producers “encourage the drama” in “artificial and manipulated” Eden.

producers “encourage the drama” in “artificial and manipulated” Eden.
The second part of the Forever Eden premiere airs tonight, and Mary will “take her revenge” and banish one of the other cast members. Executive producer Tom Gutteridge is candid about producers’ involvement in the drama. He calls the cast members “characters” and tells the Houston Chronicle that they “are placed within a structure that is artificial and manipulated by the producers of the show. The writers of the show have a daily script meeting where we review what’s happened and what we should do to encourage the drama for the next 24 hours or so.” There’s no elaboration on what that means. He also says that with Paradise Hotel, “viewers got really hooked on the characters, more than they got hooked on the (show’s) structure, which is very unusual in a reality show, because you normally need a very heavy structure to drive the story forward. So we thought we could do a genuine reality soap, which doesn’t have this heavy competition structure driving it and instead has at its heart the same drama that drives scripted series.”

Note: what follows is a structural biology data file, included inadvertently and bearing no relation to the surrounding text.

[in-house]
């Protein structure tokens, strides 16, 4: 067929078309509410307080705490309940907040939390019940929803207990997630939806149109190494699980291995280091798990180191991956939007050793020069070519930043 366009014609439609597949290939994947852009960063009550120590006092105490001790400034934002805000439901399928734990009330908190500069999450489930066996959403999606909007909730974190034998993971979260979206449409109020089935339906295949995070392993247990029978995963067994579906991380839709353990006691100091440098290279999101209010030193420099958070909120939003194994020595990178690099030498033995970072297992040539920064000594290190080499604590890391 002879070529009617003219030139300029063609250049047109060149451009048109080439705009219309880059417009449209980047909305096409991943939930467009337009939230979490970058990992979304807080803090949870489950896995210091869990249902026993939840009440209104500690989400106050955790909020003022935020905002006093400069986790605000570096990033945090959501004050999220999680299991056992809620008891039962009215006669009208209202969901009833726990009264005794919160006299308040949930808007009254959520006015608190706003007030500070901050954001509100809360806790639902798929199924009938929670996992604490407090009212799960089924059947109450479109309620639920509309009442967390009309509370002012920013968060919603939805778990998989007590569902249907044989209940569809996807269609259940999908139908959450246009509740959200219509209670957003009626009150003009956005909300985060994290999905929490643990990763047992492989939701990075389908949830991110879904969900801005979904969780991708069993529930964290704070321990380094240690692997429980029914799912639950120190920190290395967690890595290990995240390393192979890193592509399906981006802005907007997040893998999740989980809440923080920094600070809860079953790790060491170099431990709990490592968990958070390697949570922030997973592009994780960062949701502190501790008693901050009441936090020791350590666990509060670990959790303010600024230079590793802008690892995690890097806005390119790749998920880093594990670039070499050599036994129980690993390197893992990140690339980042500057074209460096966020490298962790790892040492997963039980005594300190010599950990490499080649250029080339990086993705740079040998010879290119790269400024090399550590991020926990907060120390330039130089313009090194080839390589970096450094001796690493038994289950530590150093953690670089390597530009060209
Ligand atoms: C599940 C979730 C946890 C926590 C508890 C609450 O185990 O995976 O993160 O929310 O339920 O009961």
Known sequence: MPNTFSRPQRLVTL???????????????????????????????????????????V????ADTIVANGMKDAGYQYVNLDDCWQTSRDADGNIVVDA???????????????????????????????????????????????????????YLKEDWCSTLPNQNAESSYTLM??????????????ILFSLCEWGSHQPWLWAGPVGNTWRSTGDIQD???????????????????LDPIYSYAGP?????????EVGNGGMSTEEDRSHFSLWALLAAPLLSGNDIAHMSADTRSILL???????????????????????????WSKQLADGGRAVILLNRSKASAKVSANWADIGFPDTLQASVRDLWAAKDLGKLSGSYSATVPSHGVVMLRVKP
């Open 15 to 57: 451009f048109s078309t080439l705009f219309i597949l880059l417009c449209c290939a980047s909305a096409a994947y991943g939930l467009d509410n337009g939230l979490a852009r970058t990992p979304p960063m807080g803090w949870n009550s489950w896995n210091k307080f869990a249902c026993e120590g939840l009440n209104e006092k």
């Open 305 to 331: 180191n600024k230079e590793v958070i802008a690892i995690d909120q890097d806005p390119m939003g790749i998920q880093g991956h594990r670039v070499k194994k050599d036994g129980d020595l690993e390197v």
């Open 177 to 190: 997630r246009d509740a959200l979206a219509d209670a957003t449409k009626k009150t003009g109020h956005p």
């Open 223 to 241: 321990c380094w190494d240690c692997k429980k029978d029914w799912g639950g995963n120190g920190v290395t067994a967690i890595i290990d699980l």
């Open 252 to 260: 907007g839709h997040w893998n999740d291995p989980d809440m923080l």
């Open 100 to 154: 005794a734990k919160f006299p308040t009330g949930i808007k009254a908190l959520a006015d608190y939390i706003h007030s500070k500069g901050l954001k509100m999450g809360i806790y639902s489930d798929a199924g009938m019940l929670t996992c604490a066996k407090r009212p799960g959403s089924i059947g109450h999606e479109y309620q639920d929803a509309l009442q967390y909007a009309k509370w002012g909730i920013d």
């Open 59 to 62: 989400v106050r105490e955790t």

+ also: “Forever Eden was conceived and made for the US by Brits–proof that reality rather than drama or comedy is fast becoming UK TV’s greatest export.”

The Sing-Off loses its star

Ben Folds

NBC's super-fun December a capella singing competition The Sing-Off is returning, but without its star judge, Ben Folds, and only as a two-hour special. Those are really depressing changes for a series that proved itself to be a super-fun show when it returned last December.


A film director talks about becoming a reality TV character

Anna Martemucci

What is it like to have your life turned into reality TV? Director Anna Martemucci, one of the two directors featured on Starz' exceptional reality series, talks about that, the competition, and her collaboration with her husband and brother-in-law.

Plus: How the show's producers tried to keep the $250,000 competition fair.

about the writer

Andy Dehnart is a journalist who has covered reality television for more than 15 years and created reality blurred in 2000. A member of the Television Critics Association, his writing and criticism about television, culture, and media has appeared on NPR and in Playboy, Buzzfeed, and many other publications. Andy, 36, also directs the journalism program at Stetson University in Florida, where he teaches creative nonfiction and journalism. He has an M.F.A. in nonfiction writing and literature from Bennington College. More about reality blurred and Andy.